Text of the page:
Thanks to all who have sent notes of support and encouragement while we’ve been shutting down our gift store. Between the original owner and us, the store had been on the scene well over half a century. Lots of good memories.
I’m about ready to focus on new stuff. I can finish the poetry article in a week or two. While at ILA a book opportunity came up that I’ve promised to start work on by mid-August. I’m waiting on word on a proposal that has been out to readers long enough to expect a response soon. And a third book possibility awaits focused attention, also within the next two weeks or so.
Those are all on the education side. In trade, a number of proposals are ready for committee decisions so each day I look for word from somebody. We all know how that goes, though.
For those who offered good advice for handling the #OURVOICES threat, I’ve added a more complete (and Peruvian-oriented) acknowledgements page, will state that a Peruvian artist should be a requirement, and have sent notes to two key Peruvian readers if they will send me a blurb for the back of the book. I’m about set to send the manuscript out again.
Tomorrow morning at 8:00, movers will haul off to storage what’s left of Gamble’s — inventory, fixtures, furniture. We’ll spend today in the office, playing the game of what to keep, what to toss. Thirty-four years of records takes up a lot of room. It won’t be a happy experience, but it’s a necessary one.
Son Jeff is flying in tonight to spend a few days helping us get organized so we can find what we need in all the storage boxes and debate the pros and cons of having a garage sale one of these day. If we do, it will be a first for us. Wish us luck!
Starting tomorrow, I’ll reduce my schedule to seven hours a day and reduce the number of blog posts by quite a bit. Lots of changes going on around here!
Yesterday I got a taste of the modern twist on censorship, or whatever you choose to call it. My first middle grade novel, DOWNRIVER (about a girl in the Peruvian rain forest who wants to become a teacher), was rejected by an editor who said she liked the story but couldn’t consider it because I am not a Peruvian. She feared backlash from #OWNVOICES.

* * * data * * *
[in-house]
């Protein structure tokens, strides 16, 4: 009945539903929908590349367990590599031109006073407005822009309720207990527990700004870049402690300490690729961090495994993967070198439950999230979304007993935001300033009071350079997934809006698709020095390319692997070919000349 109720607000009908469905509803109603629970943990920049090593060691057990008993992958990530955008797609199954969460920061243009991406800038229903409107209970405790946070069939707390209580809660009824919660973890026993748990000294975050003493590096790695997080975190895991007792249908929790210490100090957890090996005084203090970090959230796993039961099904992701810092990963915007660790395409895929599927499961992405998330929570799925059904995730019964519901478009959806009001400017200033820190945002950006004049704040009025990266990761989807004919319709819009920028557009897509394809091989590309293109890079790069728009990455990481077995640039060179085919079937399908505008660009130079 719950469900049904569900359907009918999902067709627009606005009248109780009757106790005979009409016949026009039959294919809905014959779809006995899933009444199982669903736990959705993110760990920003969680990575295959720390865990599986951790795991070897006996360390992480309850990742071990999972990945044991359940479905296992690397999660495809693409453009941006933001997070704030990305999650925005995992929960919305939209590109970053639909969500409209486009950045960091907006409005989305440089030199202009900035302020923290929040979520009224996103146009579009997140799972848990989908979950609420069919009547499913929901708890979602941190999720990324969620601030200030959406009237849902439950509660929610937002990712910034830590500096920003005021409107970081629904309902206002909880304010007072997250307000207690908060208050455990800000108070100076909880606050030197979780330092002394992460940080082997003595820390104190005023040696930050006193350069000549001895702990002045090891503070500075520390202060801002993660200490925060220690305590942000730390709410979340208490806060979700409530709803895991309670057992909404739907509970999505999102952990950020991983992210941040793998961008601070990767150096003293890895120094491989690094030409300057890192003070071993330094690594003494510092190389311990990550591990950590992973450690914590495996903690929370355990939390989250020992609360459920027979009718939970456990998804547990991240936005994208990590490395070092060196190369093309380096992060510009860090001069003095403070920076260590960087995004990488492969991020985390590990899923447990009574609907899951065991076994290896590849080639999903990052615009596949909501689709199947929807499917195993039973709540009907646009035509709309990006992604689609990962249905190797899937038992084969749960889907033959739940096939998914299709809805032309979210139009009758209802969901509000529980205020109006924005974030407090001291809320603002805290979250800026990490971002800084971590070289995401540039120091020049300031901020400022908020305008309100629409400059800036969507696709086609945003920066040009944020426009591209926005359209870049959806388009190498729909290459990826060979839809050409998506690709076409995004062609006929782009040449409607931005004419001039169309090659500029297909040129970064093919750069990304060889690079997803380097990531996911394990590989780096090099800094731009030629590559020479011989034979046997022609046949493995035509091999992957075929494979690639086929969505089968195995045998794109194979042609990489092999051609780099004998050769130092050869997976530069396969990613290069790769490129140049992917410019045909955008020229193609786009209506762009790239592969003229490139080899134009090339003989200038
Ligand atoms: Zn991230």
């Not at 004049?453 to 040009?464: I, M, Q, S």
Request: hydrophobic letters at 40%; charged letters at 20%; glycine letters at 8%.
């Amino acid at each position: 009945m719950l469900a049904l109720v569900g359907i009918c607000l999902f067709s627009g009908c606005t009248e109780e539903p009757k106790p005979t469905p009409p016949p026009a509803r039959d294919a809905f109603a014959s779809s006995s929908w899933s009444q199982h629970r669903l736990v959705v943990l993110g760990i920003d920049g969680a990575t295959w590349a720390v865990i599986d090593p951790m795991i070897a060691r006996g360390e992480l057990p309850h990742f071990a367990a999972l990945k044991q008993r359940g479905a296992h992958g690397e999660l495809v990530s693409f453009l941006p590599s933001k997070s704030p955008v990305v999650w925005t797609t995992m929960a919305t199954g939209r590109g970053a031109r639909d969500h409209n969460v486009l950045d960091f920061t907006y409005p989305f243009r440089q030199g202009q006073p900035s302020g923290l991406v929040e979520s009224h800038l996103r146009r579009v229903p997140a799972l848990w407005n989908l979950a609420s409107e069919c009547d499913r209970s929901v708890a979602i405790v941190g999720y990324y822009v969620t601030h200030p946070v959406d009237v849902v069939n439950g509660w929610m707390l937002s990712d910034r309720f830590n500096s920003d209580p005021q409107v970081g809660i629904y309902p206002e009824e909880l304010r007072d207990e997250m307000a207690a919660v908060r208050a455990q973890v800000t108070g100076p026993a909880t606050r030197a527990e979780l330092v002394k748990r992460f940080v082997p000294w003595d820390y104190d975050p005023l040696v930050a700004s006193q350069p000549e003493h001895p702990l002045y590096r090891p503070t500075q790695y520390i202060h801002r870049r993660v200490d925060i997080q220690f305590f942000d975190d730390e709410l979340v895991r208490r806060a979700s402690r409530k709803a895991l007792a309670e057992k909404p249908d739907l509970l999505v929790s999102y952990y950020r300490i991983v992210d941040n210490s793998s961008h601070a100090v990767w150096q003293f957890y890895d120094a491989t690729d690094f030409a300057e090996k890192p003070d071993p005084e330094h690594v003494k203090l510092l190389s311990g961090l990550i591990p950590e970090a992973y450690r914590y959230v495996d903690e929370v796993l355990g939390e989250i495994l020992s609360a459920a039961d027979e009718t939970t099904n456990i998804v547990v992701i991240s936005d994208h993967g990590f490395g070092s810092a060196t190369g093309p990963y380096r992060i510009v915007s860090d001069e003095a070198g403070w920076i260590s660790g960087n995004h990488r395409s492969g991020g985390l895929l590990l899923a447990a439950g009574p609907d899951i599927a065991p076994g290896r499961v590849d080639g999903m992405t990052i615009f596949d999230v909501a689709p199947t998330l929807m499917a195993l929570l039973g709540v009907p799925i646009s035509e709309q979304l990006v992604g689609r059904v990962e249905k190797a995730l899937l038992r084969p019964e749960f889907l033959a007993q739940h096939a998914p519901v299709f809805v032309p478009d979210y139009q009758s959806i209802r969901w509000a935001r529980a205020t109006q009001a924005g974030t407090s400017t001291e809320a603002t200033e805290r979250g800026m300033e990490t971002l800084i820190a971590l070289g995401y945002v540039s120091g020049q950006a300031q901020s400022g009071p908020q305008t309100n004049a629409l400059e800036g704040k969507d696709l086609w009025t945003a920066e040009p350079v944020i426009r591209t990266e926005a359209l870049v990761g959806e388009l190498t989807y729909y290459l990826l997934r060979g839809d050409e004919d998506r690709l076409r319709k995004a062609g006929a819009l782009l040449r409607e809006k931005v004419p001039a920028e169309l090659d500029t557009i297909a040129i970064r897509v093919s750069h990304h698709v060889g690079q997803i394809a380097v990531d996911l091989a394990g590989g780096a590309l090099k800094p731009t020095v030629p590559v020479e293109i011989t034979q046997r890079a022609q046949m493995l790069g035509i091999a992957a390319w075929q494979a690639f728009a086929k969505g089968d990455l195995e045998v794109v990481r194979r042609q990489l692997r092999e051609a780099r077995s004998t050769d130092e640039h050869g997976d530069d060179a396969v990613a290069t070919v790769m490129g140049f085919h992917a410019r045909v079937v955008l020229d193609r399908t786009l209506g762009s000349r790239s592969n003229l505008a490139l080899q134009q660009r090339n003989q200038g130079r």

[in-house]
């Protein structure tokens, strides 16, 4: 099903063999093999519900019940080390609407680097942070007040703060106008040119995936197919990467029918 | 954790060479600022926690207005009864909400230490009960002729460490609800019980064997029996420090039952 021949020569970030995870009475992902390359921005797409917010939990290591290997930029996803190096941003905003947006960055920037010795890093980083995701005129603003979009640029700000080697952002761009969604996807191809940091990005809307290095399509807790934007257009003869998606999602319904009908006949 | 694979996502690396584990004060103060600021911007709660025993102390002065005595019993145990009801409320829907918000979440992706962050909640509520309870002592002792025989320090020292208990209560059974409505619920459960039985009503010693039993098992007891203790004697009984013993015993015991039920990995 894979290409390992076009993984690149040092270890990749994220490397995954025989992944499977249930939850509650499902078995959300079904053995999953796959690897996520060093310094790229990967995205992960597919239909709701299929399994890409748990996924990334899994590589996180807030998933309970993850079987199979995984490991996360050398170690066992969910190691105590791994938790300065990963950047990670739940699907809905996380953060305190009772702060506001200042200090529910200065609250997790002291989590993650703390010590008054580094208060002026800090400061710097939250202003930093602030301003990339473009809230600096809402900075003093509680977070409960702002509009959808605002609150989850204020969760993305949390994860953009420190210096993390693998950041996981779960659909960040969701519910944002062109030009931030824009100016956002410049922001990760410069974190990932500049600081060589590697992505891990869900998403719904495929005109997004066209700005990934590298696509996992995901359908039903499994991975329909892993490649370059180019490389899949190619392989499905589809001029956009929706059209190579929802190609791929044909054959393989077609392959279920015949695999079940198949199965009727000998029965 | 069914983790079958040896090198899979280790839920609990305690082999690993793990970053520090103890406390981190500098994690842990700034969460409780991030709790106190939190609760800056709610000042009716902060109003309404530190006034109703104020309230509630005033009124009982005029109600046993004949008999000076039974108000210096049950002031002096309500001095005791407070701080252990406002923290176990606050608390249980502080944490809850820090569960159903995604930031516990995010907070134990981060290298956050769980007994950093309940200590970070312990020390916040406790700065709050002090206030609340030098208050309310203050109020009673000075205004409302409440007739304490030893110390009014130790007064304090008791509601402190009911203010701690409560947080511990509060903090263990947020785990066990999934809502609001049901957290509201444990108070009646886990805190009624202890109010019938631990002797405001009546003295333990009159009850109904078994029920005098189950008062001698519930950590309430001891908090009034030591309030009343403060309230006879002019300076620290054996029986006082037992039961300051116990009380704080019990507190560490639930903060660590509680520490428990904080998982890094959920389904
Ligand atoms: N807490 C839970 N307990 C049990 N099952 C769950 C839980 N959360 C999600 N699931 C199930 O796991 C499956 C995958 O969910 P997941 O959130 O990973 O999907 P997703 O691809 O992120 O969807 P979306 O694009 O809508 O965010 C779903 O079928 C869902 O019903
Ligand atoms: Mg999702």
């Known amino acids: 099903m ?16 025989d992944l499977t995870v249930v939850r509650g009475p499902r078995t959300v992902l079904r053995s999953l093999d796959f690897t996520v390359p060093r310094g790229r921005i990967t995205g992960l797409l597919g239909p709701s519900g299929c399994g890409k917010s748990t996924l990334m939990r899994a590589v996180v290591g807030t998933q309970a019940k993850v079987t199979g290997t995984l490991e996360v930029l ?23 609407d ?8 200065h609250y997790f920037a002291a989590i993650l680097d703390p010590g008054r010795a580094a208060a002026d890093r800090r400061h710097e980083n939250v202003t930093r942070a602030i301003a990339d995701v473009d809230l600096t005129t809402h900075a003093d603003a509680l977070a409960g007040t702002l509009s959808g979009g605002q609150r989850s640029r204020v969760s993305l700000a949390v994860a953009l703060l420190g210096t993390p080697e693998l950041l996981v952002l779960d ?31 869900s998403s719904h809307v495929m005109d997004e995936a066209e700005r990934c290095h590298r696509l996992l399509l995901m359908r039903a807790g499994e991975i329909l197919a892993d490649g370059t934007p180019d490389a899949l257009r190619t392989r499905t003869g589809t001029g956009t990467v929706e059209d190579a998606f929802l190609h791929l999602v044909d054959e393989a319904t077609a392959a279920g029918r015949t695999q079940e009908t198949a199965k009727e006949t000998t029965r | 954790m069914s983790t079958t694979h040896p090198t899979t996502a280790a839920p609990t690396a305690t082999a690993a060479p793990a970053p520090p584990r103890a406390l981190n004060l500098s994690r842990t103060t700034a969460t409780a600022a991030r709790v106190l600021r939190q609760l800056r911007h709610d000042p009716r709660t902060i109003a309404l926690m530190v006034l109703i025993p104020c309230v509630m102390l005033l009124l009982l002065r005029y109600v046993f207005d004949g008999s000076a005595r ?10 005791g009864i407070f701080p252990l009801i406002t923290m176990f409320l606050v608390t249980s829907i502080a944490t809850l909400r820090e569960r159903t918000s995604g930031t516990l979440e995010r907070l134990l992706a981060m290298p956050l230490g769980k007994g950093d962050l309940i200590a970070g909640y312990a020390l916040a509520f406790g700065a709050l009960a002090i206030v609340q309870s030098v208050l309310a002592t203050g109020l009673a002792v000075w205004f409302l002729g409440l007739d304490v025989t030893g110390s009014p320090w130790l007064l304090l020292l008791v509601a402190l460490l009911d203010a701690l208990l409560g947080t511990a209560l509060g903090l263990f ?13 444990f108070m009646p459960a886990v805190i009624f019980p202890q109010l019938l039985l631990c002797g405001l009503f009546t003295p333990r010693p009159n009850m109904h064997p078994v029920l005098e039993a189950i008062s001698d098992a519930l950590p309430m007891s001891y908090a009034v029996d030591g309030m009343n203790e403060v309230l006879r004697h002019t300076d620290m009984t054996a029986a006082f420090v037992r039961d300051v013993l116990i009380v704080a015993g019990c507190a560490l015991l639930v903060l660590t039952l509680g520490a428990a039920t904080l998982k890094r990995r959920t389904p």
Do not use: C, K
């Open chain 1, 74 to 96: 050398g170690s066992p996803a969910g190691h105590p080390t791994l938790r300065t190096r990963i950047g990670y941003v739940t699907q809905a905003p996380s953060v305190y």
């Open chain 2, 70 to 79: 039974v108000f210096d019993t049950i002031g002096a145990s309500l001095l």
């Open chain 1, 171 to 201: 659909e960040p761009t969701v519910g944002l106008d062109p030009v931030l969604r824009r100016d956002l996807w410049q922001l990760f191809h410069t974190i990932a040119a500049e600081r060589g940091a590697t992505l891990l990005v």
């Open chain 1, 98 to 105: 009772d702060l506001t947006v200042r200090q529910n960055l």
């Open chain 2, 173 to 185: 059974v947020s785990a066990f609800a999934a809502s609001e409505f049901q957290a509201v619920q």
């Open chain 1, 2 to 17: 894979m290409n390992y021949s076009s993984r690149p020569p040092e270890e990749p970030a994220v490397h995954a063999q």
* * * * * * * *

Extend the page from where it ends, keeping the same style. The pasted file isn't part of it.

She’s got me there. I’m no more a Peruvian than Jean Craighead George is an Eskimo. So I did what writers do when writing about other parts of the world. In addition to going there, I studied the area and communicated with many people, including my Peruvian born daughter-in-law Jennifer and a friend of hers who lives and teaches in Peru. I had my story reviewed by Peruvians who know the area. One was a riverboat guide along the river in my story. They read the manuscript and suggested spots that needed to be changed. I made the changes. Did the readers like the story? Very much. Said they were pleased that I was writing such an inspiring story about that area. Does it matter? Nope. It doesn’t matter what kind of writer I am. It only matters that I’m not a native of the country I’m writing about.
Taking this a step farther, if we can’t write about folks who look or act or think differently than we do, we’re not as likely to study them, to read about them, to try to walk in their shoes, to care about them. Doesn’t this form of censorship further divide us? I’m confused and disappointed.
I’ve been reading articles and reports listed as references at the back of other articles and reports. If you haven’t tried it lately, I recommend it as a way to connect with the education community regarding how they use our work to teach students.
“Reading poems in elementary school classrooms.” Charles A. Elster (2002), Research in the Teaching of English.
“Improving oral reading fluency through Readers Theatre.” Mraz, Caldwell, Beisley, Sargent, and Rupley (2013), Reading Horizons.
“Teaching children to read: an evidence-based assessment of the scientific research literature on reading and its implications for reading instruction.” National Reading Panel (2000).
Every list leads to more lists. I’m preparing for the article I’m writing for Missouri Reader’s poetry-themed winter issue. As I told our workshop audience at ILA, sometimes getting ready to write takes longer than the writing does. But I love this part!
I have three days remaining in my traditional work schedule of 6:00 a.m. to 6:00 p.m. After this Friday, it will be 6:00 a.m. to 1:00 p.m. Afternoons will be reserved to be with Sandy, unless she has something else to do. Then, of course, I’ll sneak write. Since I sold the block company in 2008, I’ve had a wonderful, selfish routine meant to satisfy my lifelong need to write full time. It has been a great ten years.
I’m not complaining. Anyone with a writing schedule of seven hours per day has no right to whine. How we’ll spend afternoons will be an adventure, but it will be a good one.
I mentioned recently that I intend to cut back on my blogs as part of my new schedule. We’ll see how that works out. This blog has been a habit since 2009 so it may be harder than expected to trim back to once or twice week.
I love each day as a writer, friend, and lover. I’m lucky and I know it.